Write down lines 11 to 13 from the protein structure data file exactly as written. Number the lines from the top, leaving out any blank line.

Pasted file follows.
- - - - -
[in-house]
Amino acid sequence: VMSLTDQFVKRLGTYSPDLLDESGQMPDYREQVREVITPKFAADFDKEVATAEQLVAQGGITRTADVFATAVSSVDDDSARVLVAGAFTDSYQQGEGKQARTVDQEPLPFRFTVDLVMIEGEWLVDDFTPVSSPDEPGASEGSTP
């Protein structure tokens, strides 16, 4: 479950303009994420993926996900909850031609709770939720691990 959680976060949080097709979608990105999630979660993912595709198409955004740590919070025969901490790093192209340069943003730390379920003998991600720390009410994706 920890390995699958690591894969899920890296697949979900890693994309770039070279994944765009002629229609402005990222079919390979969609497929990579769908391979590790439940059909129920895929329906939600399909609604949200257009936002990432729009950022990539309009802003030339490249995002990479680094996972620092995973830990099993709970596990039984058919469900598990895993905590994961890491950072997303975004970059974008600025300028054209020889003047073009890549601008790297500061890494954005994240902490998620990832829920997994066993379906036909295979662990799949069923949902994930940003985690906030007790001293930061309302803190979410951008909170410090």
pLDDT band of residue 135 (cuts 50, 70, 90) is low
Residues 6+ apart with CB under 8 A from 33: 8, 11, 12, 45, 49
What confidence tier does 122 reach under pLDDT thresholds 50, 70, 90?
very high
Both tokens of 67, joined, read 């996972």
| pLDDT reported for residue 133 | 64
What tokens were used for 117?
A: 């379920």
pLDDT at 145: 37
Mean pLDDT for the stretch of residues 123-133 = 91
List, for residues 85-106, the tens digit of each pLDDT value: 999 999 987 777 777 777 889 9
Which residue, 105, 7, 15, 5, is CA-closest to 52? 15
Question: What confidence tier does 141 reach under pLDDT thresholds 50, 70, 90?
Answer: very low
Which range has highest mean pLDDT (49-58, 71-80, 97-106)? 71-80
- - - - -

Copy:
A: 């379920």
pLDDT at 145: 37
Mean pLDDT for the stretch of residues 123-133 = 91